It's usually not hard to tell if you are being targeted by a data-driven robocalling or texting campaign: voters will notice their inboxes and phones bombarded by political messages from candidates or causes.

Mass and direct voter contact through robocalling and texting is often regulated by local consumer protection laws to allow contact only when consent has been given. However, these regulations can vary in terms of what definitions are applied to these methods of voter outreach. Election campaign messaging, for example, is often less strictly regulated than sales initiatives.

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A screenshot of the robocalling services as advertised by NGP VAN, a data management system used by Democrats in the US.
Source: NGP VAN, ‘Campaign Phone Tools’, accessed 28 February 2019.

Despite these restrictions, US-based robocall and texting services have found ways to exploit loopholes in legislation. For example, automated, 'blast' text messages are not permissible without prior express consent: 'a human being must be present to "send" on every unsolicited text', according to the Federal Communications Commission. Peer-to-peer texting services circumvent these rules by relying on the fact that there is an actual campaigner engaged in a direct conversation with the targeted voter. Thus, it is not considered to be a 'robotext', even when it involves sending mass, canned responses to thousands of voters' mobile phones.

Similarly, RoboCent offers its version of 'ringless voicemail technology', which allows a prerecorded message to be delivered to voicemail without the device actually ringing, and advertises that the service 'opens the door to over 300 million mobile subscribers'. The Federal Communications Commission has yet to rule on the legality of the technology.

Considerations

↘ Robocalling and texting directly utilise a voter's personal data and engage intimately with the voter in order to deliver campaign materials and messages and conduct polls and surveys.

↘ Robocalling and texting could be considered a means of direct communication between politicians/parties and voters - a possibility that has only recently emerged on a mass scale. This relationship could even extend beyond campaign season in maintaining engagement with voters, such as the case of Malaysian politicians sending birthday or seasonal greetings to supporters.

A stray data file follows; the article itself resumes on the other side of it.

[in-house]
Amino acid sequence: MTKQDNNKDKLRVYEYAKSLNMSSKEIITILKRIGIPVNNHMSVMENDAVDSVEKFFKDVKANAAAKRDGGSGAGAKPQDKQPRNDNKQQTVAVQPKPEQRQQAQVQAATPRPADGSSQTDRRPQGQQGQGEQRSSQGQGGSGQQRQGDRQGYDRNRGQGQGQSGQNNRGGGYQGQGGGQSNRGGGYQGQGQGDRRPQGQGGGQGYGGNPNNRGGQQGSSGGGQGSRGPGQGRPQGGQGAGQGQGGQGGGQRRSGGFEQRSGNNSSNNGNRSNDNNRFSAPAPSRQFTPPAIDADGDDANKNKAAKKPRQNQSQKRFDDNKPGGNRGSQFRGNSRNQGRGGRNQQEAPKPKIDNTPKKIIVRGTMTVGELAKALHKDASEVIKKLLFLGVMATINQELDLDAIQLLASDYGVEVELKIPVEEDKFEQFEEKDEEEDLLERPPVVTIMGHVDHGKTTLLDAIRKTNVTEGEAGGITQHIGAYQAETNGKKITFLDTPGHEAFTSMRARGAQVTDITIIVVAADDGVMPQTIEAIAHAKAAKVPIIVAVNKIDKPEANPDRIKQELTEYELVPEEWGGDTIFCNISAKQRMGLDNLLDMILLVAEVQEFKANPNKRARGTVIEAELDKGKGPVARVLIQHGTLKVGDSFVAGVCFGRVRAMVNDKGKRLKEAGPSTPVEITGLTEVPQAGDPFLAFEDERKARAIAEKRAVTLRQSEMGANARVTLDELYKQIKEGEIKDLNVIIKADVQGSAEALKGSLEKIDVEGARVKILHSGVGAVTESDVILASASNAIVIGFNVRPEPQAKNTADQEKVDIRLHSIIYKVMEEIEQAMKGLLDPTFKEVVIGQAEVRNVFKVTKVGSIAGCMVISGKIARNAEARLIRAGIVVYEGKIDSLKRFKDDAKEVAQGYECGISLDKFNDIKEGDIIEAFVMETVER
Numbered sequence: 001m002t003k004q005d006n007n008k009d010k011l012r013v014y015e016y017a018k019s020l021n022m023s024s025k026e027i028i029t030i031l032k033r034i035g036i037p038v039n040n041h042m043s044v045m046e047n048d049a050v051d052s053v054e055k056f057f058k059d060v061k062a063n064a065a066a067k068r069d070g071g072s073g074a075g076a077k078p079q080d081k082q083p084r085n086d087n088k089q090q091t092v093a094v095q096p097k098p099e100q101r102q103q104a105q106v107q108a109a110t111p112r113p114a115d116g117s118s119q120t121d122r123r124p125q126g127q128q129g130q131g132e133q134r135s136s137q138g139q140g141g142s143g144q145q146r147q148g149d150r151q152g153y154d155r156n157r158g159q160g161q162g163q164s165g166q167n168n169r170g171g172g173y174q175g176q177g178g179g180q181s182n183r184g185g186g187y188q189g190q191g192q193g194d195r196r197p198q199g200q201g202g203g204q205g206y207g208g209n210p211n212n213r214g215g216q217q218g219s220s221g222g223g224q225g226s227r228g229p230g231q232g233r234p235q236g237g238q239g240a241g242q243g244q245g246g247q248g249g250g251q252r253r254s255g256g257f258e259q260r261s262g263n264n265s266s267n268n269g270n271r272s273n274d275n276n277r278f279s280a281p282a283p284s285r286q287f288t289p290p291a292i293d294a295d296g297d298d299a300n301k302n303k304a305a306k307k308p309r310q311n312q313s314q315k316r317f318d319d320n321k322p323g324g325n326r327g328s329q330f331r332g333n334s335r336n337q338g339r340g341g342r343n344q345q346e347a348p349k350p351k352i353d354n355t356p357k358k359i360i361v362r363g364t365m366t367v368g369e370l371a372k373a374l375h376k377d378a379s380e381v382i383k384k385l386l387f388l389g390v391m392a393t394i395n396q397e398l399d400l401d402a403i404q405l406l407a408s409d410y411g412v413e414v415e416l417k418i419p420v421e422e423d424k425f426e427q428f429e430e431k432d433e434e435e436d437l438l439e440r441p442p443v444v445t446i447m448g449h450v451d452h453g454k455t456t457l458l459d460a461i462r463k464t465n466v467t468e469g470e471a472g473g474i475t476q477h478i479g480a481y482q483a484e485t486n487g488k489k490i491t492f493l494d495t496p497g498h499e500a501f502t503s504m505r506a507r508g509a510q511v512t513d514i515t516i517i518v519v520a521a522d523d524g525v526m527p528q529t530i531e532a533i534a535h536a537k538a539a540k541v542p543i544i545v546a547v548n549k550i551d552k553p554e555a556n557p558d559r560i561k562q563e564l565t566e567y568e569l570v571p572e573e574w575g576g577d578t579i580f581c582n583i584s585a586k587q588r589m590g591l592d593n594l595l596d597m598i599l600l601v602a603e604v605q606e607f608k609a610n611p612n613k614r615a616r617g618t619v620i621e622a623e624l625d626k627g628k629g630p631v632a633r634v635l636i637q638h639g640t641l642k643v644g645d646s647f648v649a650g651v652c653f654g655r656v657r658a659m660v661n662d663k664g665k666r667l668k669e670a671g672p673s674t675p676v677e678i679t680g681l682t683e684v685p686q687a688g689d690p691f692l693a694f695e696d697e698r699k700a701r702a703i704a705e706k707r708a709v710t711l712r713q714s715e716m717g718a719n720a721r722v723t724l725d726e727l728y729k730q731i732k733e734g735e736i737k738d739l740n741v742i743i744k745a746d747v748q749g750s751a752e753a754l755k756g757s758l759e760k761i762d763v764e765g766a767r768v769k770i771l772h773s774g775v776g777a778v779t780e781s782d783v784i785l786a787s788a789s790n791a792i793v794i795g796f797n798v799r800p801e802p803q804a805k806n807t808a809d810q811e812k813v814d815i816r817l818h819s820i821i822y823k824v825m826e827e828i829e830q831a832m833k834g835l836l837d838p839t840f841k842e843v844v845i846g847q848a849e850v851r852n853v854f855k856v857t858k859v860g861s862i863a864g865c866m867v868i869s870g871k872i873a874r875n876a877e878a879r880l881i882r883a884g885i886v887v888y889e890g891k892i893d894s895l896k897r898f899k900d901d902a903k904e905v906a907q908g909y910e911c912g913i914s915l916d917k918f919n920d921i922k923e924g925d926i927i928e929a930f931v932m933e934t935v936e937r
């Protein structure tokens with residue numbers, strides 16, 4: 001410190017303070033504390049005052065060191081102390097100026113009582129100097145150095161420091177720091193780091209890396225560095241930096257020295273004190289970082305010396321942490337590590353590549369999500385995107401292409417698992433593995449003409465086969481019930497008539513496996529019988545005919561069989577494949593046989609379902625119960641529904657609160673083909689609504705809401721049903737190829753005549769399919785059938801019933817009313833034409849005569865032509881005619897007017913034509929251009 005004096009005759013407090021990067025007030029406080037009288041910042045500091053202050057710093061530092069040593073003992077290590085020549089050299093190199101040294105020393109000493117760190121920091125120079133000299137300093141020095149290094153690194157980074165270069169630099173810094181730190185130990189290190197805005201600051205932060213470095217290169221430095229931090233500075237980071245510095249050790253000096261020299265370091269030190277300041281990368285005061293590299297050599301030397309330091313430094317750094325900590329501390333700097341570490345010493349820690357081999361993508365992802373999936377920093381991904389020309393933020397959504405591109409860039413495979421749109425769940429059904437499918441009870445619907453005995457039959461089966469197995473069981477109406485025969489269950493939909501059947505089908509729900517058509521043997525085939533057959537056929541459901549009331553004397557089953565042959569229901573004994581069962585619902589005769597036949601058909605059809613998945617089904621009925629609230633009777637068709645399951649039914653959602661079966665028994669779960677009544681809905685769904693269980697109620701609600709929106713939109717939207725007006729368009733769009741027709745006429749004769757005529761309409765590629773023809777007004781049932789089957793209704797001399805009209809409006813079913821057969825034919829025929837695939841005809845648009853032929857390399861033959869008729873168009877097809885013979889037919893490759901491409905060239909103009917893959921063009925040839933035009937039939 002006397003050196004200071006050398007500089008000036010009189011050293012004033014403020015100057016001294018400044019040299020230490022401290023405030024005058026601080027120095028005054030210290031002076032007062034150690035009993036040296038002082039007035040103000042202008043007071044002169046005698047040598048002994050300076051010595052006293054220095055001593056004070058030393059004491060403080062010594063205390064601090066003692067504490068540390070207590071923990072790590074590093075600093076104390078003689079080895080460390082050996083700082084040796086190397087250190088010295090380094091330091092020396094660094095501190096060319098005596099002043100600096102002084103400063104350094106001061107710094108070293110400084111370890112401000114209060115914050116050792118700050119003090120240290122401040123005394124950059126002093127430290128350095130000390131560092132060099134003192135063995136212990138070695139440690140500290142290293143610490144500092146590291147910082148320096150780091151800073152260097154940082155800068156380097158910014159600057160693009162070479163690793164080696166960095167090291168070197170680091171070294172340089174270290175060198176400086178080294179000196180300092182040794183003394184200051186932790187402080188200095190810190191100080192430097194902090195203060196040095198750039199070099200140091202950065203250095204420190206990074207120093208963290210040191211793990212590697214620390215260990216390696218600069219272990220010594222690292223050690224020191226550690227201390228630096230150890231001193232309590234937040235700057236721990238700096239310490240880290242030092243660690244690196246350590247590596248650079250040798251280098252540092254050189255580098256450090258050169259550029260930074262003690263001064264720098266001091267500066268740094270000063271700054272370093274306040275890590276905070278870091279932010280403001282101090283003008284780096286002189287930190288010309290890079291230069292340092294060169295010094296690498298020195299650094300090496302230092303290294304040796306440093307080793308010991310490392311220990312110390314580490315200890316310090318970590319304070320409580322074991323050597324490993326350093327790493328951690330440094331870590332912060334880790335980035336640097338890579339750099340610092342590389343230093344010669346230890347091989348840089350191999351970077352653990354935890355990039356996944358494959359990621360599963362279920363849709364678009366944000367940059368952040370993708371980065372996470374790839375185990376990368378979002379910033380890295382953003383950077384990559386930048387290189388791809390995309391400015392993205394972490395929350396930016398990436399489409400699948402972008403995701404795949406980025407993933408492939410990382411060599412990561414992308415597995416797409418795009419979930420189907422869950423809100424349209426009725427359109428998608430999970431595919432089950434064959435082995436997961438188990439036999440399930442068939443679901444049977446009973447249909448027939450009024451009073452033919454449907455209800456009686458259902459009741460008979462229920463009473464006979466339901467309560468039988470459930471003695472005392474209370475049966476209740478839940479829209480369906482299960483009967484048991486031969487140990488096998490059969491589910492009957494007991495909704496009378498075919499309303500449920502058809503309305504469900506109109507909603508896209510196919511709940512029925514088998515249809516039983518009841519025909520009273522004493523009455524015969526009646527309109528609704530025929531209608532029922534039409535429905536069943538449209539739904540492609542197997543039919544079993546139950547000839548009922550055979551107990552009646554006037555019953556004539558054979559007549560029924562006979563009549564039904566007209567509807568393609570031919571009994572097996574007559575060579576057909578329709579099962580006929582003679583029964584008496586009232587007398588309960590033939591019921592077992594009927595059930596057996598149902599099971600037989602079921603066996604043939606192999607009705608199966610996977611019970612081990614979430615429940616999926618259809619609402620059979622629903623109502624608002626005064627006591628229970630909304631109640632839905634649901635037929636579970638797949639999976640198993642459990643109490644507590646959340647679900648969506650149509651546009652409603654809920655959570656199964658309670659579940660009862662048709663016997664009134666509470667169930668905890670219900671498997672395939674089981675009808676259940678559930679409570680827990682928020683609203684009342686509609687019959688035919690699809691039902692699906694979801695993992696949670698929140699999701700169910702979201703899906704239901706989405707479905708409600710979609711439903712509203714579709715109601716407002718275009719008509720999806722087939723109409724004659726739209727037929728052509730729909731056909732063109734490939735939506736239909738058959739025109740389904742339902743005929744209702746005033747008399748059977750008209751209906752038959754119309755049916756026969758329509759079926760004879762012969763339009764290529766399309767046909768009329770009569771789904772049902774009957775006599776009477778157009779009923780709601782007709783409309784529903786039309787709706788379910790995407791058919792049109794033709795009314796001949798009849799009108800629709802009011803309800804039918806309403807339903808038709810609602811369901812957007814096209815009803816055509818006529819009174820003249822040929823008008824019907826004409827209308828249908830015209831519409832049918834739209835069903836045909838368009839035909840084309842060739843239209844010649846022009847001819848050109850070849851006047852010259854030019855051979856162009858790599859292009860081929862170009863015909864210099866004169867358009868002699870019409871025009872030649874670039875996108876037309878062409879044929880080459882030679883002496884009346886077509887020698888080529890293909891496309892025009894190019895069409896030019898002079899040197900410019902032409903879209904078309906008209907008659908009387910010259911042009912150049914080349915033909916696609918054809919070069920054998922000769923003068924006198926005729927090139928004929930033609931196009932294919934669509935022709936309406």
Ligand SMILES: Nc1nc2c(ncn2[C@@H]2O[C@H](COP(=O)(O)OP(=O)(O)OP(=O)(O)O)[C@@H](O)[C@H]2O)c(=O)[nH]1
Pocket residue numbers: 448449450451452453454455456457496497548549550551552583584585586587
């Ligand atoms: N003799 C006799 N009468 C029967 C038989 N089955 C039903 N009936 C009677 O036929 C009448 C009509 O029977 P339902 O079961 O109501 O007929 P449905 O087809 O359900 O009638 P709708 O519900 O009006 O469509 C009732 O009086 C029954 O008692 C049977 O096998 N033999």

↘ However, robocalls and texting in political campaigns can exacerbate the issue of increased segmentation and profiling of the electorate.

↘ There is increasing evidence that texting contributes to the proliferation of misinformation and fake news during the course of an election campaign, such as in the run-up to the 2019 election in Nigeria, or the SMS-based scam identified by Élections Québec in 2018 which fraudulently promised payment for political support.

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A screenshot from Élections Québec’s Twitter account warning voters against scam text messages being sent to voters.
Source: Québec, Élections. “Important! Un faux message texte circule présente-ment. Sachez qu’en aucun cas, Élections Québec ne demanderaitune rétribution ou n’offrirait une rémunération liée à l’exercice du droit de vote aux élections générales. En cas de doute 1 888 353-2846. #polqc #QC2018 RTSVPpic.twitter.com/krHf3718Mx.” Tweet. @electionsquebec (blog), September 30, 2018.

↘ Robocalls can also be used for nefarious purposes, such as the cases during the 2018 US Midterm elections where a white supremacist podcast initiated automated calls to voters in Florida and Georgia featuring racist and anti-Semitic messages targeting each state's African-American candidates.

1 The technologies examined here are purposely centered on American examples in order to showcase some of the more unrestricted uses of voter data. These practices may be subject to different data and privacy protection regulations in different countries. Different electoral contexts also change the emphasis of some technologies over others. For example, while SMS-based texting remains popular in the US due in large to historically low costs per SMS, messaging platforms such as WhatsApp are much more prominent in other countries.

2 Sometimes simply referred to as SMS in promotional materials, see ‘I Will Run Marketplace’, accessed 8 February 2019. In this piece, ‘texting’ refers to an overall category, containing sub-categories such as ‘bulk SMS/robotexting’, peer-to-peer texting via SMS or messaging platforms like WhatsApp.

Author: Gary Wright